Further, given the nature of study envisioned, any attempt at "informed consent" would have interfered with the purposes of the study itself, because of the Hawthorne Effect.

Once again, I will have to read the work (I did NOT receive an advance copy ... I am just, as you probably suspected, a retired telecomm statistician and researcher and now part-time adjunct at a small university, not a heavy-hitter academic). Questions of personal anonymity (access to personally identifiable customer information) are the usual criteria used to decide the propriety in traffic studies. As long as customer anonymity is preserved, academic research on telecommunications traffic data is normally considered quite legitimate. Beyond that, getting into the areas of behavioral and motivational extrapolation, of course, I have absolutely no expertise whatsoever and would never presume to comment. But I can speak from decades of experience on what is considered ethical in data collection and use in telecommunications studies. If they were using the internet as their research vehicle, THOSE are the relevant data capture rules.

In reply to an earlier post on May 21, 2011 1:32:26 PM PDT
Last edited by the author on May 21, 2011 1:32:44 PM PDT
Marina says:
I appriciate that you're not a "heavy-hitter academic", but do you know what an IRB is? Do you know why they exist? Do you know why no research in the field of psychology would ever be taken seriously by any scientific publication or community if conducted without IRB approval?

I don't know how you learned of this book, but if you read the article linked at the top of this thread (or google around some) you'll see they were not collecting telecommunication data - that would be useless in their chosen field - they devised a survey (hence the episode sometimes being referred to as SurveyFail) and asked people to answer it. A detailed, multiple choice survey to be filled out by subjects, whose consent they did not obtain, nor did they maintain any methodology guidelines (which is why, although they initially lied and told the subjects they were affiliated with Boston University, once the BU was contacted it denied any affiliation with the authors or their research).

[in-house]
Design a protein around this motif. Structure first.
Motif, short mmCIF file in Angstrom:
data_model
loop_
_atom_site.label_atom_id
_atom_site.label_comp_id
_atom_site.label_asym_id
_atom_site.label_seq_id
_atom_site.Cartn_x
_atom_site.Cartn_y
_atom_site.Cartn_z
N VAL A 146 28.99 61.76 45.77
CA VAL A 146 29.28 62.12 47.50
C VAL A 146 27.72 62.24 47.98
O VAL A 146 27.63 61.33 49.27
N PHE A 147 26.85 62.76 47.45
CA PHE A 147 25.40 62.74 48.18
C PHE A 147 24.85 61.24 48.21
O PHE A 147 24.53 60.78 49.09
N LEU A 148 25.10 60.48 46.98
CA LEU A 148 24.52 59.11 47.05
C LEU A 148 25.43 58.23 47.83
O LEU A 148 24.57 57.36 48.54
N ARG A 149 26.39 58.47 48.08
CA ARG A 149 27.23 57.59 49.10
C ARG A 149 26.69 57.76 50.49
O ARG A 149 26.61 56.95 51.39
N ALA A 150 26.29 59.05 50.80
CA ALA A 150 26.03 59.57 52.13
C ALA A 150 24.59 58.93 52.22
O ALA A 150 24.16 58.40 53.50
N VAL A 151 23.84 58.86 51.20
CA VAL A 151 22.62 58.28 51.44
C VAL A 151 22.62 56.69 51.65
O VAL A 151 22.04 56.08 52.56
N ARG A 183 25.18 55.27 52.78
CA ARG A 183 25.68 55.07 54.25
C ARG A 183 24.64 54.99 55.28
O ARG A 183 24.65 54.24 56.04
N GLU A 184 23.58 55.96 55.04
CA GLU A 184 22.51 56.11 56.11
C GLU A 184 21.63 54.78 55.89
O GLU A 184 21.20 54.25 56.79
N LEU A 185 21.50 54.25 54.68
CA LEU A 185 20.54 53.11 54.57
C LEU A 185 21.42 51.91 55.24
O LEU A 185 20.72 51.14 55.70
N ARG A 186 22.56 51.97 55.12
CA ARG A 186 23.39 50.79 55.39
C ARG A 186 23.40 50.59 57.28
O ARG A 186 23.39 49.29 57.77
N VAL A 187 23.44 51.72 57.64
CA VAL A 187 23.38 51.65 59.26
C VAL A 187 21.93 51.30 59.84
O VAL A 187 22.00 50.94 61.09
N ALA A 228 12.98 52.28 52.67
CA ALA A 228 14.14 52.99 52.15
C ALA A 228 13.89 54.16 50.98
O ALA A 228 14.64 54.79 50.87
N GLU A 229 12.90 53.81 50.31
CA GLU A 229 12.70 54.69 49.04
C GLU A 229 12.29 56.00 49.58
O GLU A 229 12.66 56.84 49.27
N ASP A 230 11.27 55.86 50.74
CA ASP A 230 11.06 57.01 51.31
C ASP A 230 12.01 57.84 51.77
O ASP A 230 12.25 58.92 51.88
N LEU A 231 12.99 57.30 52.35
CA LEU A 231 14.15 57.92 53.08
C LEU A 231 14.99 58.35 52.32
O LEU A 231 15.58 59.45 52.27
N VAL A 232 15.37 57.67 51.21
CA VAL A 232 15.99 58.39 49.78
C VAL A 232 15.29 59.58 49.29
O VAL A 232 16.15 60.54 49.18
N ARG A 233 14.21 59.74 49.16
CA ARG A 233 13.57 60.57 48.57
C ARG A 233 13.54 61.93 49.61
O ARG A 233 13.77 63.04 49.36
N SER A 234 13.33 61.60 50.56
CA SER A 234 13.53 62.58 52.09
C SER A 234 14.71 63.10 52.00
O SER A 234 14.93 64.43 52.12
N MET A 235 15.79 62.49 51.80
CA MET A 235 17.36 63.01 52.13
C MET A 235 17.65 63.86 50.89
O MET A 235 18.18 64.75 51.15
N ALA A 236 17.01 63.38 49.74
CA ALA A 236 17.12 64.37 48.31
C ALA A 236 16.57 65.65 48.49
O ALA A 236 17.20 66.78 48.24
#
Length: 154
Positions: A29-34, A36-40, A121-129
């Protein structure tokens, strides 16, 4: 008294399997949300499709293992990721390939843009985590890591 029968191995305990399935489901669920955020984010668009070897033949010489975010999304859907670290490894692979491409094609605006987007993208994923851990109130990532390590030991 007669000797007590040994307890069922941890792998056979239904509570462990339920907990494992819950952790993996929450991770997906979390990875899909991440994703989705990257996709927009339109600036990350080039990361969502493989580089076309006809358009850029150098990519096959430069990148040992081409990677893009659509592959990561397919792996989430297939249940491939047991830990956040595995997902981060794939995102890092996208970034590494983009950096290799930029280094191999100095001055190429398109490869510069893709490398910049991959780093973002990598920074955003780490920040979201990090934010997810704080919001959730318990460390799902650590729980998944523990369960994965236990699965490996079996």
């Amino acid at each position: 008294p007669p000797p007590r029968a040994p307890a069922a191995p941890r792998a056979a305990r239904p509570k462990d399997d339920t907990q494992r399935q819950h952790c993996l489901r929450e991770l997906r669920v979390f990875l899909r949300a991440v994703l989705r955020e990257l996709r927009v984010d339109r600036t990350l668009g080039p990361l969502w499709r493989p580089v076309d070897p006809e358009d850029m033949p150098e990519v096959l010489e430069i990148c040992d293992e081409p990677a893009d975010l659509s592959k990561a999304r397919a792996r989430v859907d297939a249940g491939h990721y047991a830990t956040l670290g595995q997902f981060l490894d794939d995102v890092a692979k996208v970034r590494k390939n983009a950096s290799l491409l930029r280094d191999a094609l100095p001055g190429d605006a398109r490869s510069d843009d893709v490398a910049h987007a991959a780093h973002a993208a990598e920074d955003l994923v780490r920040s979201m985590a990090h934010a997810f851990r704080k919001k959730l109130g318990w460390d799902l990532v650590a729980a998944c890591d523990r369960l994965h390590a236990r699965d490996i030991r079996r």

These authors did not set out to do academic research, period, though. They set out to write a "popular" book, that they had no intention getting approved by any academic institution, that would make them money (and not IN ANY WAY advance the study of their field) and as such they took a few random stereotypes and doctored what data they had to to fit into those assumptions. And then, when they were informed of the biases and inaccuracies of their findings and interpretation - again and again and again, by academics, by the subjects of their study, by people in the media, by anyone with half a brain - they ignored them. So they could write a book and make it popular (because hey, what's better than the same old stereotypes wrapped up in "science"?) and make money and not give a crap about any scientific cred.
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Participants:  6
Total posts:  7
Initial post:  Feb 4, 2011
Latest post:  May 21, 2011

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A Billion Wicked Thoughts: What the World's Largest Experiment Reveals about Human Desire
A Billion Wicked Thoughts: What the World's Largest Experiment Reveals about Human Desire by Sai Gaddam (Hardcover - May 5, 2011)